Postby dave54 » Sun Feb 21, 2016 10:48 am

Look a little further north. Middle Fork Feather River.

Mill or Deer Creeks in the Ishi Wilderness.
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Re: Backpacking TO or ALONG a river?

Postby SSSdave » Sun Feb 21, 2016 11:07 am

The best wilderness stream fishing in the range is probably the Middle Fork of the Kings River since that large stream is difficult to reach. Too much for 4 or 5 days.

Simply put, a large stream can support more and larger fish. If a stream has small minimum flows, there is more chance fishermen will have fished out most of the larger fish. Worse are the many stream that every few years have zero minimum flows leaving small unaerated pools that cannot support larger fish. Many Sierra streams and rivers that seem to have sizeable flows say mid summer, actually have rather small flows during fall, especially during drought years. That is especially the case with streams that are not sourced from areas with permanent snow and glaciers or slow to drain volcanic soils. Thus we have many streams with rather small pan sized trout especially west slope streams that do not reach the Sierra Crest. Along the Eastern Sierra there are many streams with decent minimum flows due to permanent snow fields at crest areas and large areas of talus that slowly drain off. However few are conducive to fly fishing due to all the willow, alder, cottonwood, and aspen usually along their banks.

The San Joaquin River above Florence Lake and its major tributary of Piute Creek has some of the most extensive summer snowfields of any basin in the range and thus has larger minimum flows. Before the late 80s drought, the lower section about Blaney Meadow had some huge brown trout over 20 inches but were fished out at the end of the decade. There still are a lot of small trout below the meadow if one can climb down pools to where the river goes through the hot granite bedrock section. Within a few miles of the trail camp tend to be fished out. However it is the river starting a few miles above the Blaney Meadows trail camp where one will likely find better trout especially in places horse folks cannot easily reach the river edges. Generally the more difficult it is to climb down to pools the more likely one will find good fishing.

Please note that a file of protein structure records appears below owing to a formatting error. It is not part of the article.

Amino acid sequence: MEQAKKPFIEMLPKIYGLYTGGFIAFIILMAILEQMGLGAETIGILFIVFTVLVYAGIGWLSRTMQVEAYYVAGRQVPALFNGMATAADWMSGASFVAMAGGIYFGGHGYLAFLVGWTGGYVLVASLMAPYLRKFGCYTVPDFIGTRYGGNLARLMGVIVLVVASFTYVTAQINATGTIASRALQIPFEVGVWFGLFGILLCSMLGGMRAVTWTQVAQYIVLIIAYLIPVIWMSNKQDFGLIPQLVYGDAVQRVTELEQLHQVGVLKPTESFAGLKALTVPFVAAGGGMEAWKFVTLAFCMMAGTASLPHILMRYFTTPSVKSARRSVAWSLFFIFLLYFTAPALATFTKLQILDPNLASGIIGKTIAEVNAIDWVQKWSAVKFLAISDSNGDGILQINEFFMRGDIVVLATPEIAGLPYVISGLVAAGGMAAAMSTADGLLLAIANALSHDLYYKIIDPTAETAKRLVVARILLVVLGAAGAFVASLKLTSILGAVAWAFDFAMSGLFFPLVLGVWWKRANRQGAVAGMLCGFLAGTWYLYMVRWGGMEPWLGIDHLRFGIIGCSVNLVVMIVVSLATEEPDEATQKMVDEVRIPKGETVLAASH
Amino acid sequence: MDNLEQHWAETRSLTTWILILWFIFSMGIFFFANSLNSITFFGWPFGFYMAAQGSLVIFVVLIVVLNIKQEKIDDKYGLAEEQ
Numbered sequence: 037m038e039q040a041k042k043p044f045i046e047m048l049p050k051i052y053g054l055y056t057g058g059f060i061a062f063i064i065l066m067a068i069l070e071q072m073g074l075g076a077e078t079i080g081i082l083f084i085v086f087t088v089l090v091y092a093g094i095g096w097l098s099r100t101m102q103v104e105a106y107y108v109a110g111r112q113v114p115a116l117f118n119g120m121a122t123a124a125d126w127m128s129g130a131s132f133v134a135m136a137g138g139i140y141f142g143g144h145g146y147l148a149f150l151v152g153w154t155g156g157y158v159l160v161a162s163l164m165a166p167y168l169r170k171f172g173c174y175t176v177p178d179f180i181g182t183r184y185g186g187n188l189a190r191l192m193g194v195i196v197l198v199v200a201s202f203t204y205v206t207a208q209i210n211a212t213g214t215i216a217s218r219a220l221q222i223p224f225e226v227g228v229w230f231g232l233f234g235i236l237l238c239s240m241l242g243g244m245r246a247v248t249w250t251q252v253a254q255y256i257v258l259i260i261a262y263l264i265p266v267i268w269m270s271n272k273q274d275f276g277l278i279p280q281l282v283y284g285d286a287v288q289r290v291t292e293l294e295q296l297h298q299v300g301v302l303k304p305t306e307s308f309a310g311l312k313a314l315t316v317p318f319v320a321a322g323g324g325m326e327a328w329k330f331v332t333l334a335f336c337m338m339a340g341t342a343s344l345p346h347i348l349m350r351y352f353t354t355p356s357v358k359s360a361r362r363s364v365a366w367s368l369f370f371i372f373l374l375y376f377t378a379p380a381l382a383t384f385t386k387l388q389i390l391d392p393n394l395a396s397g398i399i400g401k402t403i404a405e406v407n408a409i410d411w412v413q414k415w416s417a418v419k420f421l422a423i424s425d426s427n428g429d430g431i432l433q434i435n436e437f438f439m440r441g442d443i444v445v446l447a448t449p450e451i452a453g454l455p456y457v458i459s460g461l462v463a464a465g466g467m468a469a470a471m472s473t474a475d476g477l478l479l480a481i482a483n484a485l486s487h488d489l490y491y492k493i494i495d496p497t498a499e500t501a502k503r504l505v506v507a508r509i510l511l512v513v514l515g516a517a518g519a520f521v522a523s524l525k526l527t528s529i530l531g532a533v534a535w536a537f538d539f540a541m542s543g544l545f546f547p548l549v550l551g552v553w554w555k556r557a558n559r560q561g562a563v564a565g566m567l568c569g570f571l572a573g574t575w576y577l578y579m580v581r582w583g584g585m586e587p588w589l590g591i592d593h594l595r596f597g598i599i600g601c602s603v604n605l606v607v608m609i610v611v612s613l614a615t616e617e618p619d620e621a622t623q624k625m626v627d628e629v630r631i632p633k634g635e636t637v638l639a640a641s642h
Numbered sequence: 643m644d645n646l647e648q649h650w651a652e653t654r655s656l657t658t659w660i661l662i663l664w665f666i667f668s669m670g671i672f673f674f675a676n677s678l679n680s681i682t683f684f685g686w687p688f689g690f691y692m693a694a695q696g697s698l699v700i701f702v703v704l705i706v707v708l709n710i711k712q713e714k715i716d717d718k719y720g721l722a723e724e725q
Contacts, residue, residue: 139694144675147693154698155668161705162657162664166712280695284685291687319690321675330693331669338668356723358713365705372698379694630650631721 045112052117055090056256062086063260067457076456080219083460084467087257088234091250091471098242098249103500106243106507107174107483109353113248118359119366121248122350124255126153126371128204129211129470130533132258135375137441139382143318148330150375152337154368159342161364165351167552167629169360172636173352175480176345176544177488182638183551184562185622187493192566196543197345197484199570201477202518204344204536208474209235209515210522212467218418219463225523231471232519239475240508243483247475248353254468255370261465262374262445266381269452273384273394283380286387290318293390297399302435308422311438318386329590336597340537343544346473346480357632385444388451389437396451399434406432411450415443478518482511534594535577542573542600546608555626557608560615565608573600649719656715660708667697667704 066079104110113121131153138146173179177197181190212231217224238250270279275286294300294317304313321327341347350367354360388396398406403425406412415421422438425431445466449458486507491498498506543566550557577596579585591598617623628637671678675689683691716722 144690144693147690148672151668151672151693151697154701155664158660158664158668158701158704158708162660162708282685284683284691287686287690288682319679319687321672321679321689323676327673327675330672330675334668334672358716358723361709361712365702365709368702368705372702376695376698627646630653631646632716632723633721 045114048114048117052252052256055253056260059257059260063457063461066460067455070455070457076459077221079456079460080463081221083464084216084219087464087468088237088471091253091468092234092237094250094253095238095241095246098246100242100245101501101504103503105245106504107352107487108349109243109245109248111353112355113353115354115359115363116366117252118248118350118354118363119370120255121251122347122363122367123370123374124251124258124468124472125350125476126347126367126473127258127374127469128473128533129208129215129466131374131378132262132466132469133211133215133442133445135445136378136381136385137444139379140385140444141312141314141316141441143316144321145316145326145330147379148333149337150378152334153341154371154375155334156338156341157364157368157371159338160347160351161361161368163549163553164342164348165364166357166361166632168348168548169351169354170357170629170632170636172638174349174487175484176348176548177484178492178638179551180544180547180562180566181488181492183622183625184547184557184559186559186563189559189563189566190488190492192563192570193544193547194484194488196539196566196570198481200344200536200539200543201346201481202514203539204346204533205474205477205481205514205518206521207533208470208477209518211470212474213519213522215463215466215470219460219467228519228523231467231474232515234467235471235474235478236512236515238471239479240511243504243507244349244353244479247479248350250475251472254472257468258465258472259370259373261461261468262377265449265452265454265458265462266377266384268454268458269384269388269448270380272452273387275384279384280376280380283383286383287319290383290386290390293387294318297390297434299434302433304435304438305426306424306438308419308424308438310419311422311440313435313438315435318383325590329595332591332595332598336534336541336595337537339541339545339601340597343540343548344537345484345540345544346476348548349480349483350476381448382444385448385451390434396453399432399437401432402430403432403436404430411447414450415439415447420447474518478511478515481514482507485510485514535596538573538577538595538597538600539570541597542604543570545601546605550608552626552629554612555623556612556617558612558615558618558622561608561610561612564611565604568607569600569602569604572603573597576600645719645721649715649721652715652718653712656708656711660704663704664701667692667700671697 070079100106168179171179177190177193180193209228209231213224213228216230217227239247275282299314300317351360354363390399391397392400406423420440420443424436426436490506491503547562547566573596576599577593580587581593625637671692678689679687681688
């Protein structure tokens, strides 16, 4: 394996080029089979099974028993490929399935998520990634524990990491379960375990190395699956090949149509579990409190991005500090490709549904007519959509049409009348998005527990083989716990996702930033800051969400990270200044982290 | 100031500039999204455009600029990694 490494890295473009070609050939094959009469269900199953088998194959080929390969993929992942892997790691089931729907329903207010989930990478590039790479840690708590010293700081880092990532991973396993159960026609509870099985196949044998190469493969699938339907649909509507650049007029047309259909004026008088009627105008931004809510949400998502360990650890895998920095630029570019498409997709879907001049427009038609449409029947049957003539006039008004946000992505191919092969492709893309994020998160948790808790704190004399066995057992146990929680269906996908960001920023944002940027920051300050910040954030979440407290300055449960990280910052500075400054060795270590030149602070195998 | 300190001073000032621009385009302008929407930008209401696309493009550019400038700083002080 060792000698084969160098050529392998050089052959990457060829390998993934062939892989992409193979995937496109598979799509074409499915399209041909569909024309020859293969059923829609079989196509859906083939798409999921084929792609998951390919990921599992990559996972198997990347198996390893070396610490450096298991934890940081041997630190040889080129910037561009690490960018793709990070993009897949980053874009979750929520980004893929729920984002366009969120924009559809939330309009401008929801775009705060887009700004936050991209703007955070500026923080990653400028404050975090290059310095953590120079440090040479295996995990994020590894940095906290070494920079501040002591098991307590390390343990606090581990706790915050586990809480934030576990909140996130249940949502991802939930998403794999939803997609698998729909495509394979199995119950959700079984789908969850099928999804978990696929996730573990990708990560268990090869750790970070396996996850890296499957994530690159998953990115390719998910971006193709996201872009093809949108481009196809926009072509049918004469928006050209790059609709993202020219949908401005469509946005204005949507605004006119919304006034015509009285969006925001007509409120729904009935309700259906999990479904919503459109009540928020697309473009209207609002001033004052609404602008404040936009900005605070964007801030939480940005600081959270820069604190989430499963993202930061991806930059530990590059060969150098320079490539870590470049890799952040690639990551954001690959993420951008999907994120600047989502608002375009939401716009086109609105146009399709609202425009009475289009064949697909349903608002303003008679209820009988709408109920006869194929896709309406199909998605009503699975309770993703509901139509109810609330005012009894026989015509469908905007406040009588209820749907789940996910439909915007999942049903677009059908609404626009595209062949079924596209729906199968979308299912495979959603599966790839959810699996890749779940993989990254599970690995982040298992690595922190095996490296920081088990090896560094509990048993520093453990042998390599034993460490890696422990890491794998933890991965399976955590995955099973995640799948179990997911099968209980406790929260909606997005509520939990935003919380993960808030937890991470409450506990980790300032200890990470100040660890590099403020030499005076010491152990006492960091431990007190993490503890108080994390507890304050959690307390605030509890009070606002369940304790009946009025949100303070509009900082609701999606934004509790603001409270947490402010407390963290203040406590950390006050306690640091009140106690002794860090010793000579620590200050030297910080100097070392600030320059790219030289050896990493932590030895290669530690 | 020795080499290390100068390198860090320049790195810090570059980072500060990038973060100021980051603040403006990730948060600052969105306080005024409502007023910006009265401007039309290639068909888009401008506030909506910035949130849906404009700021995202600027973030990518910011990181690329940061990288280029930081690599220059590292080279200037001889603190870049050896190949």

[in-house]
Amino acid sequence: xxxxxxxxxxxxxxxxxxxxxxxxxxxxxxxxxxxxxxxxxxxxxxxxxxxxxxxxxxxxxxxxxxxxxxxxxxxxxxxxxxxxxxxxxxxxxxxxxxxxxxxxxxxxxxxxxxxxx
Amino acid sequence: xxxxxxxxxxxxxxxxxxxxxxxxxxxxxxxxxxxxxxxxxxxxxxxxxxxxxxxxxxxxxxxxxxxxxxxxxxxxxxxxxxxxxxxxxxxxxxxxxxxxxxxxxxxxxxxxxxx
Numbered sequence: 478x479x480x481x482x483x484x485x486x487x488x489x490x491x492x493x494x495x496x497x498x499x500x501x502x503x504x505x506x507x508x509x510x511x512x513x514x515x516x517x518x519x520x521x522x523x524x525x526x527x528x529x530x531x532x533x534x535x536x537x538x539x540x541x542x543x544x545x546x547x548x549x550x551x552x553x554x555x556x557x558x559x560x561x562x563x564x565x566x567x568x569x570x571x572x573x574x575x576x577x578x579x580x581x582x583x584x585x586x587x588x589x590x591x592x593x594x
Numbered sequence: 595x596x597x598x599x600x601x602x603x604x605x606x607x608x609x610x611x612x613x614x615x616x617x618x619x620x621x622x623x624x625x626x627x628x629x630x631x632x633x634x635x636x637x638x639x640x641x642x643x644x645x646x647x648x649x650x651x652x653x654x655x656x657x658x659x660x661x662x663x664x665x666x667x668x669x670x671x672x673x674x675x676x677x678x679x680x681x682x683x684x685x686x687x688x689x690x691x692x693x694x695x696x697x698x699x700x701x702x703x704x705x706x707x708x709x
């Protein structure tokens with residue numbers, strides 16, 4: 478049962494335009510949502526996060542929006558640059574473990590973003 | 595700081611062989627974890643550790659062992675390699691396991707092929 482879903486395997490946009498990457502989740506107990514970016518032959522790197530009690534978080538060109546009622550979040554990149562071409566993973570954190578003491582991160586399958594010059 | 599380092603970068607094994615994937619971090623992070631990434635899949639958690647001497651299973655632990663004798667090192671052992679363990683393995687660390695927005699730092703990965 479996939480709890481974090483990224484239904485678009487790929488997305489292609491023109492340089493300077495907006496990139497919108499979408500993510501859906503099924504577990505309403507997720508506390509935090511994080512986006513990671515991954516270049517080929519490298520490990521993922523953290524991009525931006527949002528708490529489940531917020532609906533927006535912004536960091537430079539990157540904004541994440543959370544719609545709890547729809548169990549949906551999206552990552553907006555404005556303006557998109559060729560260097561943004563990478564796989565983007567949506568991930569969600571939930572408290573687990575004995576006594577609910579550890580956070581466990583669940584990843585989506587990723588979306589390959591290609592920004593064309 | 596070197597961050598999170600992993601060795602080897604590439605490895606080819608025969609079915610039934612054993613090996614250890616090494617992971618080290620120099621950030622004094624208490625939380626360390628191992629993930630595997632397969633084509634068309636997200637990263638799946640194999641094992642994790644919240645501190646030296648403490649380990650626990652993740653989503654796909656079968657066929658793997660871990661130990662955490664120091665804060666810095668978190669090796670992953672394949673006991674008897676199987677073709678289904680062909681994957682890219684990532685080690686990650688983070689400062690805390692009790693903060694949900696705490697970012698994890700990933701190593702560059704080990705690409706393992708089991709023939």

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Re: Backpacking TO or ALONG a river?

Postby Tom_H » Tue Feb 23, 2016 4:22 pm

Nevada Point Trail to confluence of Pilot Creek and Rubicon River:

http://caltopo.com/m/6M4J

You can't continue on Rubicon Trail far beyond turnoff to Nev. Pt. Tr. as avalanche wiped out the road long ago.

Blue Hole on the Mokelumne:

http://caltopo.com/m/227C

You can also hike or kayak up Salt Springs Reservoir to reach Blue Hole. Above Blue Hole on the Moke is hellish cliffs draped with Poison Oak, ledges and holes full of rattlesnakes. It is not High Sierra, but IMHO, it is the most rugged and desolate place in the Sierra. Some people have bushwhacked from the source to Blue Hole and they say it is one wild expedition. When the water is right, some people kayak/camp/and fish their way down it.

I have a friend who likes to fish the Upper Kern and its tributaries.
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Re: Backpacking TO or ALONG a river?

Postby Fly Guy Dave » Wed Feb 24, 2016 7:37 am

One trip to avoid: I hiked/camped/fished on the Rubicon River from the Ellicott Bridge down to the Mosquito Ridge Power Plant. I can sum up that trip in three words: NOT WORTH IT.
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Re: Backpacking TO or ALONG a river?

Postby balzaccom » Wed Feb 24, 2016 1:21 pm

Note the Cherry Creek pretty much dries up each summer, and the fishing (which you mentioned as being a top priority) is not great because of that...
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Re: Backpacking TO or ALONG a river?

Postby TehipiteTom » Wed Feb 24, 2016 5:33 pm

SSSdave wrote:The best wilderness stream fishing in the range is probably the Middle Fork of the Kings River since that large stream is difficult to reach. Too much for 4 or 5 days.

Tehipite Valley is doable in a 5 day trip--2 days in, one layover.